ecobee Citizen

Top 10 Reasons to Have Hope For the Future in 2022

For the second year in a row, we look beyond the negative headlines to focus on the many reasons for hope we can overcome climate change.

by ecobee on 01/07/2022 in Better Planet

12 min read

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We believe there are reasons to hope that we can meet the challenges of climate change. For the second year in a row, we invite you to look beyond the negative headlines to uncover the top ten reasons for hope that a bright future is within our grasp.

Youth with signs at a climate march.

10) Our youth are leading the charge.

Tens of thousands of activists descended on Glasgow for the United Nations global climate summit (COP26) in November 2021 to call upon leaders to take the drastic steps necessary to fight climate change. The majority of them were young people.

“Each of us as individuals have the power to make change, so climate action is something each of us can do to build a healthier planet and society. Increasingly, we are witnessing our youth emerge as climate champions,” said Stuart Lombard, ecobee founder and CEO.

In many cases, young people are a source of knowledge and education for older generations who attended school before climate science was on the curriculum. As climate change “influencers,” some young people are using the social media platforms they have grown up with like Instagram and TikTok to amplify a planet-positive message.

Image of an offshore wind farm, with several wind turbines in a body of water.

9) 2021 marked a historic shift in global energy investment.

A dollar spent on solar or wind today results in four times more electricity than a dollar spent on those same technologies a decade ago.1

Plummeting costs and increased efficiency mean renewables dominated new power generation for the second year in a row. The International Energy Agency (IEA) estimated that by the end of 2021, 70% of all capital investment in new power generation would be in renewable projects.1

While this level of investment in renewable projects is impressive and definitely a step in the right direction, the IEA says even more investment is needed to keep global warming in check. The good news is that investment in renewable projects is expected to grow significantly over the coming decade.

Stuart Lombard headshot.

8) In six years, we have shaved one degree off end-of-century global warming estimates.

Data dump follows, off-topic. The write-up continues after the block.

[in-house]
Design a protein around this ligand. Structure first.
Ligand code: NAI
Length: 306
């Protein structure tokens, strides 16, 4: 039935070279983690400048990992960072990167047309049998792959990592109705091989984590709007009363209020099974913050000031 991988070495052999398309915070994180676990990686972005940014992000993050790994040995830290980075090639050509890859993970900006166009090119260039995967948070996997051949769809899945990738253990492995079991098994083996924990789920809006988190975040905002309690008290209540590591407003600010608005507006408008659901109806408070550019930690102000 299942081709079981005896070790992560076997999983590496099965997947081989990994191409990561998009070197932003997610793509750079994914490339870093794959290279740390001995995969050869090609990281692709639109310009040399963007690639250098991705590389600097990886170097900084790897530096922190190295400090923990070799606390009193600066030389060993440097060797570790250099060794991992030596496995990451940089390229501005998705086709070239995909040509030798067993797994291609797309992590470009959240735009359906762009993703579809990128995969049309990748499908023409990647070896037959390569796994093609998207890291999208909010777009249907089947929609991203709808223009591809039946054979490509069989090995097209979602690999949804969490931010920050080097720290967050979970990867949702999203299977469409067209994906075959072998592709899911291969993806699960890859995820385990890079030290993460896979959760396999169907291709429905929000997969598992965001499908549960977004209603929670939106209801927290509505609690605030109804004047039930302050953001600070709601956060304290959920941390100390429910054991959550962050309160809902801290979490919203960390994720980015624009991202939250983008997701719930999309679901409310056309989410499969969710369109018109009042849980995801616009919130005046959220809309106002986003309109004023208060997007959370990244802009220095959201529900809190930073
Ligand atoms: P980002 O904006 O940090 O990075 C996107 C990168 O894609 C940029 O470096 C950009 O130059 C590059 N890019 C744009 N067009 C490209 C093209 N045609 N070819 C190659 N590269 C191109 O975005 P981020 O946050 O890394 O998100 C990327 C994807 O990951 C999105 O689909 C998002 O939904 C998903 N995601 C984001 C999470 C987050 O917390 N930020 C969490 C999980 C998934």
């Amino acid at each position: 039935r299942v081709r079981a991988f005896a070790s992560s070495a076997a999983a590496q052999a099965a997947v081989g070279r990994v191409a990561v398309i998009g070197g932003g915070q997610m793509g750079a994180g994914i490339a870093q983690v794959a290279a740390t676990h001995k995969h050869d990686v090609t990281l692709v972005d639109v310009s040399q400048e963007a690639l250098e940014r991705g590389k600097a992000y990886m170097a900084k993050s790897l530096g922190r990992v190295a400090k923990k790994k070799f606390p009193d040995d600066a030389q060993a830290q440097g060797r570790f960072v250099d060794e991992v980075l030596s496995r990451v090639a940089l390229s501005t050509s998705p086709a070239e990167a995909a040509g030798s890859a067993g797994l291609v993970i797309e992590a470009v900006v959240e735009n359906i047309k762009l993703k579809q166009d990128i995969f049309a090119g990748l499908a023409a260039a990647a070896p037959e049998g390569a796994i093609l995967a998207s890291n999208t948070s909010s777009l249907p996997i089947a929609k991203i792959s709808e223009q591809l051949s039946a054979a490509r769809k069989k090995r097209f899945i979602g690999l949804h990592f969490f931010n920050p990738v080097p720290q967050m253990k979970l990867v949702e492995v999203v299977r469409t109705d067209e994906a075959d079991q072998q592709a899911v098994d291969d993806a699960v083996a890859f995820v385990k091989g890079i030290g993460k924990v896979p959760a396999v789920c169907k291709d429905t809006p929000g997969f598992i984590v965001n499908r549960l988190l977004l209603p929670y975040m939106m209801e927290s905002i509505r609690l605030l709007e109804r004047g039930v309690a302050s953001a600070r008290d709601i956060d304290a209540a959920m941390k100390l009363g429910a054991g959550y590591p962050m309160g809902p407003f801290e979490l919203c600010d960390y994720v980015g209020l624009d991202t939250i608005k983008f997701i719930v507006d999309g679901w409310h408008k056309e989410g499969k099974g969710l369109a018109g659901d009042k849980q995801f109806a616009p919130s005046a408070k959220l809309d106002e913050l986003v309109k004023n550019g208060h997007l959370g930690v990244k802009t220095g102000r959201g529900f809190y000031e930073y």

Six years ago at the United Nations global climate summit in Paris, COP21, scientists estimated that if climate change went unchecked, we were facing a catastrophic 4°C of warming above pre-industrial levels by 2100.2

On the eve of the latest climate summit, COP26, the UN Environment Programme released a report that puts humanity on a path to 2.7°C warming by 2100 if nations stick to their emissions promises.

Shaving 1.3 degrees off of the end-of-century projection still puts us outside the 1.5°C warming limit that scientists say is needed to avoid the worst consequences of global warming.3 While some may see this as a failure, Lombard sees it as a sign of progress.

“Mathematically, 2.7°C represents a 30% reduction—a significant improvement. But I also think we’re just getting started,” said Lombard, noting that many of the technologies and initiatives driving progress have happened in the last six years and will continue to accelerate in the coming years.

Group of people having a serious conversation in a room with framed art behind them.

7) The power of international agreements.

The goal of the “Paris Agreement”, an international treaty adopted by 196 countries in 2015, is to limit temperature rise to well below 2°C. Under the agreement, each country determines and reports on its climate plan and makes progressively more ambitious CO2 reduction goals every five years.

When it comes to climate action, Derek May, senior project manager at Pollution Probe, says talk is cheap. But, May says, greenhouse gas reduction targets at the national and international levels are essential, even if, as is the case with the Paris Agreement, they are non-binding.

“National targets send signals to the private sector that governments are serious about decarbonization. They let companies know that cleaning up their operations will ultimately be good for business and provide them with the justification to launch sustainability and energy conservation initiatives,” said May.

Even more impactfully, May says that national targets let everybody know that transitions to sustainable societies are inevitable and critical to maintaining and enhancing standards of living around the globe.

A handful of larger economies, namely the United States, China, India, Brazil, and the European Union, have an outsized influence on whether we limit warming to 1.5°C. Each faces its unique set of challenges in acting on climate change. But there is hope in knowing that if a few powerful nations can agree to get their climate change houses in order, there will be a tremendously positive impact far beyond them.